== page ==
Quaid sues drug maker over blood thinner


Dennis Quaid and his wife sued the makers of heparin Tuesday after their twin newborns were inadvertently given massive doses of the blood thinner at a hospital.

The product liability lawsuit, filed in Chicago, seeks more than $50,000 in damages. It claims that Baxter Healthcare Corp., based in Deerfield, Ill., was negligent in packaging different doses of the product in similar vials with blue backgrounds. The suit also says the company should have recalled the large-dosage vials after overdoses killed three children at an Indianapolis hospital last year.

The lawsuit was first reported by CelebTV.com, which obtained the court documents.

A call to Baxter Healthcare Corp. seeking comment was not immediately returned.

Quaid's children, Thomas Boone and Zoe Grace, and a third patient were at Cedars-Sinai Medical Center on Nov. 18 when they were mistakenly given vials of heparin that were 1,000 times stronger than the usual dosage.

The twins were home Tuesday and "appear to be doing well," said Susan E. Loggans, the Chicago attorney who filed the lawsuit. "The Quads are a religious family and they really believe the prayers of the public saved their kids."

"Apparently, they're going to be fine now," she said but declined to otherwise comment on the childrens' medical conditions.

"The point of this case is to save other children from this fate. They're not looking for money," Loggans said of the suit.

The Quaids did not sue Cedars-Sinai, which acknowledged after the news broke that a "preventable error" had resulted in three patients receiving vials containing 10,000 units per milliliter of heparin instead of vials with a concentration of 10 units per milliliter.

The patients were receiving intravenous medications and the heparin was used to flush the catheters to prevent clotting.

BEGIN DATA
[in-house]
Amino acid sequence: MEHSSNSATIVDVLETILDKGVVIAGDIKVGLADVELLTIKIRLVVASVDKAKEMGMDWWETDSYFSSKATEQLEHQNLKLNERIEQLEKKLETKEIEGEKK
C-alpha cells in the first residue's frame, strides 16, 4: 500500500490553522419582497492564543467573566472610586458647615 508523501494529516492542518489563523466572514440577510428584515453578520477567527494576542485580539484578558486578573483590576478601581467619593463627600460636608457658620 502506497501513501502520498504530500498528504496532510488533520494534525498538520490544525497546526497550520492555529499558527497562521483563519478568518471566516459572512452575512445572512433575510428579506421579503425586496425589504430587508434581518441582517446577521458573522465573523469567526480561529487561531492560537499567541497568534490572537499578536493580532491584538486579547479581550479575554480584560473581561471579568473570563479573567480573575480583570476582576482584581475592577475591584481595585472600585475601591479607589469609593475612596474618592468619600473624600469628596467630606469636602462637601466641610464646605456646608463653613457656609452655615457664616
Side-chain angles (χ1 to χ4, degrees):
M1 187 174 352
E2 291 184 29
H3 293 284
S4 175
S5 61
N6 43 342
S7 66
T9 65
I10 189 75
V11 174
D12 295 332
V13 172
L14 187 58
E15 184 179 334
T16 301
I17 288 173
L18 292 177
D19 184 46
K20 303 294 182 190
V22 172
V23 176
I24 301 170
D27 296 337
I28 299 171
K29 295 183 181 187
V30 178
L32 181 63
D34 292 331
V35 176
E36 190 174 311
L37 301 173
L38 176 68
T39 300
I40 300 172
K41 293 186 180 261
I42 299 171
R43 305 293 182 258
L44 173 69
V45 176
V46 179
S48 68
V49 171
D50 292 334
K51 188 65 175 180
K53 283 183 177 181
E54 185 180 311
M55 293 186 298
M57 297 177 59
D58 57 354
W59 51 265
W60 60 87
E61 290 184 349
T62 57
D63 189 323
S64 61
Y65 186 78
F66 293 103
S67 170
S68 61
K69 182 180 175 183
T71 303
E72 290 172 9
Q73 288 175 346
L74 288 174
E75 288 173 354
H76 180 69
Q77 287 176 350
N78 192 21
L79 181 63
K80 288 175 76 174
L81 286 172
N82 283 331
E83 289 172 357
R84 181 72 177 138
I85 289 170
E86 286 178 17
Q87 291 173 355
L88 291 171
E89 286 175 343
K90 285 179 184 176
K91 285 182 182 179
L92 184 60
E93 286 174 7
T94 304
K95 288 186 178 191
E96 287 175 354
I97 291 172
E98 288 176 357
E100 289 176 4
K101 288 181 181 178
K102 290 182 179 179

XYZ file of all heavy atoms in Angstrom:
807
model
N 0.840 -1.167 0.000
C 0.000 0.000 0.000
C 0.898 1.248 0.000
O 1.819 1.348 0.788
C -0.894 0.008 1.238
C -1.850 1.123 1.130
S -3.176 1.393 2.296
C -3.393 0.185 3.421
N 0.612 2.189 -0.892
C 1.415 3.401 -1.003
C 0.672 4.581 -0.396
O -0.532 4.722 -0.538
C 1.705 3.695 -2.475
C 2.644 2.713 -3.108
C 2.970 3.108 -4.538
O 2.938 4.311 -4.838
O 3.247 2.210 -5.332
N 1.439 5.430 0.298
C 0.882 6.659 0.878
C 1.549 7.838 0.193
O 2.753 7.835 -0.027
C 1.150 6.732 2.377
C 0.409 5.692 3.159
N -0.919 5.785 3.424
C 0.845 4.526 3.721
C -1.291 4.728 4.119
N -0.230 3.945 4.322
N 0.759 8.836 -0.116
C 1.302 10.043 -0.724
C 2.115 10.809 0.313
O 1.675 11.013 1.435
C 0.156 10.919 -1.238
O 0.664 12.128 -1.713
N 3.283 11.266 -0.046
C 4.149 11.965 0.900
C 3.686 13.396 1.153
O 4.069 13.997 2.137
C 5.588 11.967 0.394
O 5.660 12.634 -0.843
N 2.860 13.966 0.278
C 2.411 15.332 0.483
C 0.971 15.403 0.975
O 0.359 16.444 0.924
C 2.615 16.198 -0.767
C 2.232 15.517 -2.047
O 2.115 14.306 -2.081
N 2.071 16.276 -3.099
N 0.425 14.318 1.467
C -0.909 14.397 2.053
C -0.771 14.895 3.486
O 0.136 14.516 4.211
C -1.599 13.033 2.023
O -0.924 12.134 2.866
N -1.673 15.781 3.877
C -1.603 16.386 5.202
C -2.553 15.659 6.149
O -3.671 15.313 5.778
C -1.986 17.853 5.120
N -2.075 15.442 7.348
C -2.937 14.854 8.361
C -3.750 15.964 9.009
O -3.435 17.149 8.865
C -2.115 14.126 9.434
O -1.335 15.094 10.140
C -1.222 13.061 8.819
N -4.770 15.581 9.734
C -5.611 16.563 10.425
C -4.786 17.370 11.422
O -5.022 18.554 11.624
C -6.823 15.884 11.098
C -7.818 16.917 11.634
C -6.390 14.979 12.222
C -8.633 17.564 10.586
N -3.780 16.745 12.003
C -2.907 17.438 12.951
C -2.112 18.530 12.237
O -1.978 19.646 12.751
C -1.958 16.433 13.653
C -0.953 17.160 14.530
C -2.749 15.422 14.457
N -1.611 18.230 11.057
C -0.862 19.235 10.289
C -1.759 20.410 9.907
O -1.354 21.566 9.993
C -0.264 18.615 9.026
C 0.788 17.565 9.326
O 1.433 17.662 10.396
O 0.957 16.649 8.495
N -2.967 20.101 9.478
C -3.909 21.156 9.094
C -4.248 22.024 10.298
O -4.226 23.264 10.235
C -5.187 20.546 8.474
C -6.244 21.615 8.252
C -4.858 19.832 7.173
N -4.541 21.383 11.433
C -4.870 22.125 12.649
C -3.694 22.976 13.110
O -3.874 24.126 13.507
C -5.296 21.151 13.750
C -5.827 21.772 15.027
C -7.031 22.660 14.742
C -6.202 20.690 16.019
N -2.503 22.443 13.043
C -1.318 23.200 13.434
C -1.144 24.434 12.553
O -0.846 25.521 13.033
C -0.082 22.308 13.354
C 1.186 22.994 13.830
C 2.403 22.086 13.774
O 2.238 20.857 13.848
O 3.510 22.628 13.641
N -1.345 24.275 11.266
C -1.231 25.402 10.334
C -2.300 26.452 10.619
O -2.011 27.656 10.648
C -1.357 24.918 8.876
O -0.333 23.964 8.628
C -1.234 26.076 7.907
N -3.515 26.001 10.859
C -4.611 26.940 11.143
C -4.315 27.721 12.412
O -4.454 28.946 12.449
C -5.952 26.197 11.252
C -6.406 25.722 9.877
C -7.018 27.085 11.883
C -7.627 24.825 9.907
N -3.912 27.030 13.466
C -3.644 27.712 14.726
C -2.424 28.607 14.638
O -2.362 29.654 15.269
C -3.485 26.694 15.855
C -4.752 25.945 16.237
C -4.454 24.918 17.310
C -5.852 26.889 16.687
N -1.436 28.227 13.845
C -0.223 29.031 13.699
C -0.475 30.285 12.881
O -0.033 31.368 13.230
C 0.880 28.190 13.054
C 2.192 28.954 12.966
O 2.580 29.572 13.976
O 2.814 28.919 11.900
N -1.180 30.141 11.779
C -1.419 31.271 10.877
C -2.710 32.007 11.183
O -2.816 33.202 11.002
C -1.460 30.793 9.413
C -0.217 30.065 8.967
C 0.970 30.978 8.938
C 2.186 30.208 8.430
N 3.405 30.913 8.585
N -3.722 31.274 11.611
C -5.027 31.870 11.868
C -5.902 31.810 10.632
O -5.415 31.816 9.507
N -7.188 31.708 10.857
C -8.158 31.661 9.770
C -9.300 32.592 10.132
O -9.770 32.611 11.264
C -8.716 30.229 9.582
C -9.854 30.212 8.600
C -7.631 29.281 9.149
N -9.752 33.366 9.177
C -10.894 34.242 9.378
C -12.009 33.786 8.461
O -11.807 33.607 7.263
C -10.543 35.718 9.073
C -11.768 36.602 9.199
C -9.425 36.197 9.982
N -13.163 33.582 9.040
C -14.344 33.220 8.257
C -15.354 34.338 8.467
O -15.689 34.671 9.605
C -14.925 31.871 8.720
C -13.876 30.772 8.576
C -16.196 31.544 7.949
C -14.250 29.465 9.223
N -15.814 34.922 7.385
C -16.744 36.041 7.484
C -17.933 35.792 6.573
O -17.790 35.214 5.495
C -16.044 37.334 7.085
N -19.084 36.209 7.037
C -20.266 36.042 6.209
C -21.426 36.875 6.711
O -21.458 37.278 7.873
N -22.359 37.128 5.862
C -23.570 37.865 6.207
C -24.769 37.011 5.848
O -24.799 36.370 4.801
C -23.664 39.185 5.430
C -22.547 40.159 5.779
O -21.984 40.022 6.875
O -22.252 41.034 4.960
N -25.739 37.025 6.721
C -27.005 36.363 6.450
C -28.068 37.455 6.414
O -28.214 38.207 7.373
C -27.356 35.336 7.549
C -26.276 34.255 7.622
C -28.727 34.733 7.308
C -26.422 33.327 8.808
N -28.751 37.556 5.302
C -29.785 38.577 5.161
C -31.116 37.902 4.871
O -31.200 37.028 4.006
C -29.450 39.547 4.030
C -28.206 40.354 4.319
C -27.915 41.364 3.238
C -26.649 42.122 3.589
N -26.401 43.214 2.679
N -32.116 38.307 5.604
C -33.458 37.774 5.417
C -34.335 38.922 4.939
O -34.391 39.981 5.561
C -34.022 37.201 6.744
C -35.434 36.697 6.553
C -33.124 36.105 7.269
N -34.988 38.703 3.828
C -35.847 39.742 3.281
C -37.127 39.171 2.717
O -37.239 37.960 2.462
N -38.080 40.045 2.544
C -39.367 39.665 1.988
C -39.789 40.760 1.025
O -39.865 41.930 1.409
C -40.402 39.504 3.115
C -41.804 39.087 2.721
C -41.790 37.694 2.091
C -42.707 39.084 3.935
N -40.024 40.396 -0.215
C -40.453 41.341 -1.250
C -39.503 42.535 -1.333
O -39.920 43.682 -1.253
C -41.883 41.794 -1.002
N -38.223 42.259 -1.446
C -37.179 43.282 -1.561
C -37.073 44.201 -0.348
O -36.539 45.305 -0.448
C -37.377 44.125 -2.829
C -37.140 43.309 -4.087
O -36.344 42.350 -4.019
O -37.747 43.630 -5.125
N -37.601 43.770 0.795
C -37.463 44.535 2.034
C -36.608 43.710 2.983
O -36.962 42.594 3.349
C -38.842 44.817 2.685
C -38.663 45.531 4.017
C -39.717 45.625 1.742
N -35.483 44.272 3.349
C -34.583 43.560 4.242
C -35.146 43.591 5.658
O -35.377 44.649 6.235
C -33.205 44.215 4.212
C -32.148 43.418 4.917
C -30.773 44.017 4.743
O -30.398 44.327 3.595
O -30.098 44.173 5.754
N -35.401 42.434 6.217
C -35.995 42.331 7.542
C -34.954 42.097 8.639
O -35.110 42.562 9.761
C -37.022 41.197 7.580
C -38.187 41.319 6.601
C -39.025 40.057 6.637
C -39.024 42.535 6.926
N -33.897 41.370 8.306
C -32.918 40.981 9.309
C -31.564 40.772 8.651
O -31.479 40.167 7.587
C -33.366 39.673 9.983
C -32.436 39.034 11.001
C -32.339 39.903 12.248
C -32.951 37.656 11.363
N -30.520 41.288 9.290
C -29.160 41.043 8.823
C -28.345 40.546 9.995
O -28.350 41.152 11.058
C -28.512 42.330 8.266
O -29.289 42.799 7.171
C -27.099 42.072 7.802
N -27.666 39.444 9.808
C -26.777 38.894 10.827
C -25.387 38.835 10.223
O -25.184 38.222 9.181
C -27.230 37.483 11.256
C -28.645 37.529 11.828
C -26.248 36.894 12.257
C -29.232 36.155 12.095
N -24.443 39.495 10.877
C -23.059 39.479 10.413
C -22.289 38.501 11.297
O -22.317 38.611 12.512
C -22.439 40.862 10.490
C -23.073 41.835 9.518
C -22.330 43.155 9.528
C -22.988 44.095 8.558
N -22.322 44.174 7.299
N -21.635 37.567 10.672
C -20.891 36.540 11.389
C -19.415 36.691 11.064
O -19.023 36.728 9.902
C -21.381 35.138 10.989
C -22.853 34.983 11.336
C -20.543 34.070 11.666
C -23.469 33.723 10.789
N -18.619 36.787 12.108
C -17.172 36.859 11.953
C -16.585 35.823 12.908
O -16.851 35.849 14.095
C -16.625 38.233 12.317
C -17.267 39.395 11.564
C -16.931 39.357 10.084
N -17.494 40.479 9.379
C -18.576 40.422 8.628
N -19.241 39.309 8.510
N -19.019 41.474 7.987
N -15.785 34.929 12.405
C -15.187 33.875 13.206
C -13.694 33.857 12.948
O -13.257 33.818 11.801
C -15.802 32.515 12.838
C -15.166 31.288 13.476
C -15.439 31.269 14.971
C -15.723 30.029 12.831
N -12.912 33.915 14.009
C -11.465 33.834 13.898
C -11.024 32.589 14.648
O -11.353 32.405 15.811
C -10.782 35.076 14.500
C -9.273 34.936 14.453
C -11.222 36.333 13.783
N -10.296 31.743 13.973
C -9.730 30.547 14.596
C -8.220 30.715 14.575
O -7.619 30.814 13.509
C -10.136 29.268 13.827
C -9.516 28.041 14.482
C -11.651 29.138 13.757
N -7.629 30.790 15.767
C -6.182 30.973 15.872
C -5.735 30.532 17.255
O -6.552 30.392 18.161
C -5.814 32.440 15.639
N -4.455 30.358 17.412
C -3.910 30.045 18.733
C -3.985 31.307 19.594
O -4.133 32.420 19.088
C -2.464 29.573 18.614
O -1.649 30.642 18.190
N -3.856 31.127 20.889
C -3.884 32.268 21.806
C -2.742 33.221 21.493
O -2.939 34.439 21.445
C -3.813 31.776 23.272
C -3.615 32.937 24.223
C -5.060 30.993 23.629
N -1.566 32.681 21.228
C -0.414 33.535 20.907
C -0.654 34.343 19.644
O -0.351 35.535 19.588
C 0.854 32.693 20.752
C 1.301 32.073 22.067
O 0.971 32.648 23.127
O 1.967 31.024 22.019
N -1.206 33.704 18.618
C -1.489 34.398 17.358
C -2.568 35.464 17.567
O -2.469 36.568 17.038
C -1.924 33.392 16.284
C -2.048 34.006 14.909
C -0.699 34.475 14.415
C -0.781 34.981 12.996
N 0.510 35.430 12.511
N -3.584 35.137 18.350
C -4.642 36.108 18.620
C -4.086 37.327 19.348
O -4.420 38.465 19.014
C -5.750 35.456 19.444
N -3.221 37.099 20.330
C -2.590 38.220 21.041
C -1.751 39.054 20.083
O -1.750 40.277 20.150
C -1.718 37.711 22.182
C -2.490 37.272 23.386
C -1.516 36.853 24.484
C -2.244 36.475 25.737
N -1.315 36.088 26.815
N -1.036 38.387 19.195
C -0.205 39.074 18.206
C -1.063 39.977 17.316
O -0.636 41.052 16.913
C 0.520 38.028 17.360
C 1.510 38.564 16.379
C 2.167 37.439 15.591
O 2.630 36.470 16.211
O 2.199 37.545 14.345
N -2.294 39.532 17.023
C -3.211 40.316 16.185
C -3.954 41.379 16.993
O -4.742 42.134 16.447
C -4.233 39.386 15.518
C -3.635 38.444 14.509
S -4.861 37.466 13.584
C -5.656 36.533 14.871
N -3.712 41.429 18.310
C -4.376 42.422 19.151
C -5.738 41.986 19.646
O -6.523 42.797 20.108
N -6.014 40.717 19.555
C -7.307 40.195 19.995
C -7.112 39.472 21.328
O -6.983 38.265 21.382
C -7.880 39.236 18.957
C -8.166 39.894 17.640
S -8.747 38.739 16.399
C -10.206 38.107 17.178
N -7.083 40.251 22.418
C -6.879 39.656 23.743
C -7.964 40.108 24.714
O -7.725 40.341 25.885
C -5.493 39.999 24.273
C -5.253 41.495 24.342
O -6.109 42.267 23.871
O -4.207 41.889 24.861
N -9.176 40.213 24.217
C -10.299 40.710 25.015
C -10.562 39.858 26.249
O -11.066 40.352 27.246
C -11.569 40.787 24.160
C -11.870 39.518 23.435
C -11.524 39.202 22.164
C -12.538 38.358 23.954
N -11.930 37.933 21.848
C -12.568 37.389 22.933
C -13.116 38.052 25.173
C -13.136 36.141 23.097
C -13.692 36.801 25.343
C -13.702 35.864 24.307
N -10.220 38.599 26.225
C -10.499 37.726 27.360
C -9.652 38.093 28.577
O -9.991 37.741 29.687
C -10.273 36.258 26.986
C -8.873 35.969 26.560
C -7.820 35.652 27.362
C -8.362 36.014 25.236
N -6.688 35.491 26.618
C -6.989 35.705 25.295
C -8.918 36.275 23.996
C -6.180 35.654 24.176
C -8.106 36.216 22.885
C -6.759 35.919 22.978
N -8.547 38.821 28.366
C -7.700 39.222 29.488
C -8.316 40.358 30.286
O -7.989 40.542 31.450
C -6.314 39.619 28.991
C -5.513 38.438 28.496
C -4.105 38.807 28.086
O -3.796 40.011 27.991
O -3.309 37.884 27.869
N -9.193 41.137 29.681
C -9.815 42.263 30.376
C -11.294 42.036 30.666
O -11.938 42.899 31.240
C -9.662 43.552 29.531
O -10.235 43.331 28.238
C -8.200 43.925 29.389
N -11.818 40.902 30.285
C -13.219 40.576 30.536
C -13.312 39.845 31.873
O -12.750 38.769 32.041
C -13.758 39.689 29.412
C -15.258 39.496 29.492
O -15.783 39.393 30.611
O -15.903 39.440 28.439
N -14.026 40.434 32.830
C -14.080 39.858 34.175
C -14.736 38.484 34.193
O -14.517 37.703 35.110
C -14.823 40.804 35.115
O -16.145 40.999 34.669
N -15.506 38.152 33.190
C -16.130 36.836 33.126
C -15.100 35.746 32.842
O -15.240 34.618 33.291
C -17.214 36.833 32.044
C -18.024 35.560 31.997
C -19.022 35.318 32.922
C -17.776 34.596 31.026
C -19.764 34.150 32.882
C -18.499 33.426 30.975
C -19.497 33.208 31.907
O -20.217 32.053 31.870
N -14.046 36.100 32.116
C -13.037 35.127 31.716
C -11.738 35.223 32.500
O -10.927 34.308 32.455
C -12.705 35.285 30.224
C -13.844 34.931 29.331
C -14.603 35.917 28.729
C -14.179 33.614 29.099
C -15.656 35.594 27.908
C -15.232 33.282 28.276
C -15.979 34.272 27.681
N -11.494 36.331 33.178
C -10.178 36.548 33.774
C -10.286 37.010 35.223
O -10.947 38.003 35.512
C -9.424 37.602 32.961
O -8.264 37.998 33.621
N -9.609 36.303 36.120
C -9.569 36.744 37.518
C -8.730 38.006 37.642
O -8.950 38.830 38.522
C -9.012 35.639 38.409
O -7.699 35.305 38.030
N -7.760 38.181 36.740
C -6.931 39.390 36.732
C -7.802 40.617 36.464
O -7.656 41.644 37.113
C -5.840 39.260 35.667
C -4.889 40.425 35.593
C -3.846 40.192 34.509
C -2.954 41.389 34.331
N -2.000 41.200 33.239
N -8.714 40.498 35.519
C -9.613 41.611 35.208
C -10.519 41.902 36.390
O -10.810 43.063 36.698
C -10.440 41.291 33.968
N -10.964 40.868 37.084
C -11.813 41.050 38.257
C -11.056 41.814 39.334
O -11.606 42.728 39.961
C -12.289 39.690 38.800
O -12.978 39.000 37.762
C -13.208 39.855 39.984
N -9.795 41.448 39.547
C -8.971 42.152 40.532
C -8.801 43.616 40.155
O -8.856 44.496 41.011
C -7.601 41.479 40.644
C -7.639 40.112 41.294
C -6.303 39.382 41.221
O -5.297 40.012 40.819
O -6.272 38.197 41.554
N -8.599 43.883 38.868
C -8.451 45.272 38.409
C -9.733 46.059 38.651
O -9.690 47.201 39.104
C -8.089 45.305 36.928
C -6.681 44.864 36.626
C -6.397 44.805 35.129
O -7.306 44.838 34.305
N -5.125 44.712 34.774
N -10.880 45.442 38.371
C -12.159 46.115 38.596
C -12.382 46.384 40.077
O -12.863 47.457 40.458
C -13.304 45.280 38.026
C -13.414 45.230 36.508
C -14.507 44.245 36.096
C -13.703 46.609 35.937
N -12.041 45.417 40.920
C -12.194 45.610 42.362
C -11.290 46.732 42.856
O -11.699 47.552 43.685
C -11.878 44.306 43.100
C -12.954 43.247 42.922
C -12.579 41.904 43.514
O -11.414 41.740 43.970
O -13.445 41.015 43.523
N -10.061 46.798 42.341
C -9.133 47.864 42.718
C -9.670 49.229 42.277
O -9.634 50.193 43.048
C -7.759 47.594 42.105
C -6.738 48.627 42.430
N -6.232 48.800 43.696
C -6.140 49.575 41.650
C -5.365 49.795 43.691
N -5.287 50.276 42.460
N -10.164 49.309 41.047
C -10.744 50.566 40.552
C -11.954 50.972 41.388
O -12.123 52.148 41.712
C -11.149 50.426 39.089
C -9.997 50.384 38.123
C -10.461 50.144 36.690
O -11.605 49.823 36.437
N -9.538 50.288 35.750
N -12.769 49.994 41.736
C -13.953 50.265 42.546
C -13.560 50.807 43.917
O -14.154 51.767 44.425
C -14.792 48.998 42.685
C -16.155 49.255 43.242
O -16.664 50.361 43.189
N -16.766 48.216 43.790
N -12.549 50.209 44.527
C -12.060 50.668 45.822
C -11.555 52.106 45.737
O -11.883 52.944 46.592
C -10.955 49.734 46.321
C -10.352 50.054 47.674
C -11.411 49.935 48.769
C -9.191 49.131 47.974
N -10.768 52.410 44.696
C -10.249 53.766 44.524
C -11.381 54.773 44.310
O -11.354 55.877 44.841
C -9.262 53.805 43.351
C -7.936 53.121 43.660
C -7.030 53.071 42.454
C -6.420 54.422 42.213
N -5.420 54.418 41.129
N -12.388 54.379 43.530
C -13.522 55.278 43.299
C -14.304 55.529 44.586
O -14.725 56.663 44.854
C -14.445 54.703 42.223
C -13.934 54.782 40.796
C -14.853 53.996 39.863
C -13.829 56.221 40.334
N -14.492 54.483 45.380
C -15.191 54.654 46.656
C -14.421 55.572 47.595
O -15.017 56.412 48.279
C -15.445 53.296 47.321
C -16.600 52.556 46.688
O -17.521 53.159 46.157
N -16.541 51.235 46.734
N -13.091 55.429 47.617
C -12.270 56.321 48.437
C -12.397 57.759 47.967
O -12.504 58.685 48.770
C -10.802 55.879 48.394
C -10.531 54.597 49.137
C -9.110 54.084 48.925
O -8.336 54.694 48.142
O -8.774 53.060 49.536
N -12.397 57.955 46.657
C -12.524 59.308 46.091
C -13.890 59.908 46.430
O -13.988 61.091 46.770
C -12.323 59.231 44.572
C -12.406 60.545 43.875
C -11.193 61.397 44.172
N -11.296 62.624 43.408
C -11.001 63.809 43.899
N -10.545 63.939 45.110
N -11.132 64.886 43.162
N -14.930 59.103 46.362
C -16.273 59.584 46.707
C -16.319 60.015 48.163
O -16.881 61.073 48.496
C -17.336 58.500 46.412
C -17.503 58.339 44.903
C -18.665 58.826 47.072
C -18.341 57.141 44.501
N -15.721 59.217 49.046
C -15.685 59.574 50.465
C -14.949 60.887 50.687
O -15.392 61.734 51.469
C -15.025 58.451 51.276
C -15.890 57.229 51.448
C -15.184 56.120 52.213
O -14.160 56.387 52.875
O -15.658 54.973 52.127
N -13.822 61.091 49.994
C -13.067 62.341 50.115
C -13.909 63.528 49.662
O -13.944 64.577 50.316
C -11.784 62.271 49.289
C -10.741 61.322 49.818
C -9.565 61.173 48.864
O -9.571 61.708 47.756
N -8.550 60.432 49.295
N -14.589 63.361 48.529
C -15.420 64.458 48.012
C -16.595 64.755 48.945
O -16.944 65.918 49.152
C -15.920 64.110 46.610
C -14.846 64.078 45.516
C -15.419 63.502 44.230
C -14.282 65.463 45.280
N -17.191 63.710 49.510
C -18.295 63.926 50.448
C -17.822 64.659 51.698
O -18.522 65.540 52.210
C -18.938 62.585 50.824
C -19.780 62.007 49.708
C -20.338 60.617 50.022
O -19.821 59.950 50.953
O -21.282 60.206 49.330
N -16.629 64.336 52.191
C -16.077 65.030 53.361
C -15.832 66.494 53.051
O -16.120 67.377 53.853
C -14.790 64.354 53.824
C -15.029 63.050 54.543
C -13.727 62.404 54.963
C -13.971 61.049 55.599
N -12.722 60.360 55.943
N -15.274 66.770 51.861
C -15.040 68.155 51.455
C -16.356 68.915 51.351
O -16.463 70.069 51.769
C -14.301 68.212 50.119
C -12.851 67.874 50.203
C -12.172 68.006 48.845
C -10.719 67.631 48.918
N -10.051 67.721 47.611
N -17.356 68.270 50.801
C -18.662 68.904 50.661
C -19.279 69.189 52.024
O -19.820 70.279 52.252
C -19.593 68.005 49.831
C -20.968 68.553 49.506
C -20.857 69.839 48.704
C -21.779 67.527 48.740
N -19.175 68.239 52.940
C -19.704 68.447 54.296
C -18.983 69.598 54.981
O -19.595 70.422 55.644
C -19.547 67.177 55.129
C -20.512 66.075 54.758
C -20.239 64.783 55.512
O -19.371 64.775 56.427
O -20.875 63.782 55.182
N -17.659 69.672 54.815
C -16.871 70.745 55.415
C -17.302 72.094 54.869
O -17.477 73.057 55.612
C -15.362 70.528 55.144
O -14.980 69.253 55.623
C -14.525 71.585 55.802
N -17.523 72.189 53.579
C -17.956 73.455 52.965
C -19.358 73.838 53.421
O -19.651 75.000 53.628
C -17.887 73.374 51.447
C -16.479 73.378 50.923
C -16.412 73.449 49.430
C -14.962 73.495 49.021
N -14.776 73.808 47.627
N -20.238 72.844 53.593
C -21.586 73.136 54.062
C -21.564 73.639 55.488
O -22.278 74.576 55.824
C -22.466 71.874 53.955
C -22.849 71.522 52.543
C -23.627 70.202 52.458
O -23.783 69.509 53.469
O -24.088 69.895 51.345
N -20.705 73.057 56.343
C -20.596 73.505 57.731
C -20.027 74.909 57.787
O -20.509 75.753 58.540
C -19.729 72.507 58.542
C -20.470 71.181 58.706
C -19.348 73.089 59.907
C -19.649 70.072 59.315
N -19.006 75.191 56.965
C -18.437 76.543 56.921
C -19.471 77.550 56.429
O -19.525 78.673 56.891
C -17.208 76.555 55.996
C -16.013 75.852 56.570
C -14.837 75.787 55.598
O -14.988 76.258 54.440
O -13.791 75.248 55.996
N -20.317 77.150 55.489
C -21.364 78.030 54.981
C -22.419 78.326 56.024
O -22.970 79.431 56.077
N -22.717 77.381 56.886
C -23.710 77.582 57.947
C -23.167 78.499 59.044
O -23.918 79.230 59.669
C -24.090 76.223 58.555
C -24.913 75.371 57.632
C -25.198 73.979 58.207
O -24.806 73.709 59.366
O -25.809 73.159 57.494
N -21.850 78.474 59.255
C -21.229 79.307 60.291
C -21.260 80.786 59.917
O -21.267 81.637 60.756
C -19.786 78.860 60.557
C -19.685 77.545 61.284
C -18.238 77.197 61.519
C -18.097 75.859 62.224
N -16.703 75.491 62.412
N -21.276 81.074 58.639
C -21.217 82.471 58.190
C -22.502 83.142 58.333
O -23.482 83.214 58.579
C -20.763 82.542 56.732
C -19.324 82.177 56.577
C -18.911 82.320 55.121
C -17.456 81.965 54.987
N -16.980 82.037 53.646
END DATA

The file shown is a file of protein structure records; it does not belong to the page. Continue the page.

Two of the patients needed a drug that reverses the effects of heparin, the hospital said at the time.

The highly regarded hospital issued an apology to the patients' families and said it would take "all steps" to prevent a recurrence.

The heparin was "unreasonably dangerous" as it was packaged and sold because both the small and large dosage vials had labels with blue backgrounds when the vials "should have been completely distinguishable size and shape," the suit argued.

A similar dosage error killed three premature infants at an Indian hospital last year. Three others survived overdoses.

In February, Baxter Healthcare Corp. sent a letter warning health care workers to carefully read labels on the heparin packages to avoid a mix-up.

But the lawsuit by Quaid and his wife, Kimberly, argues that the company didn't do enough.

The company failed to recall the large-dosage vials after the infant deaths and repackage the drug, the suit contended.

It said the manufacturer also should have issued an "urgent" warning to healthcare providers that required them to educate nurses and others about the problems and implement safety procedures.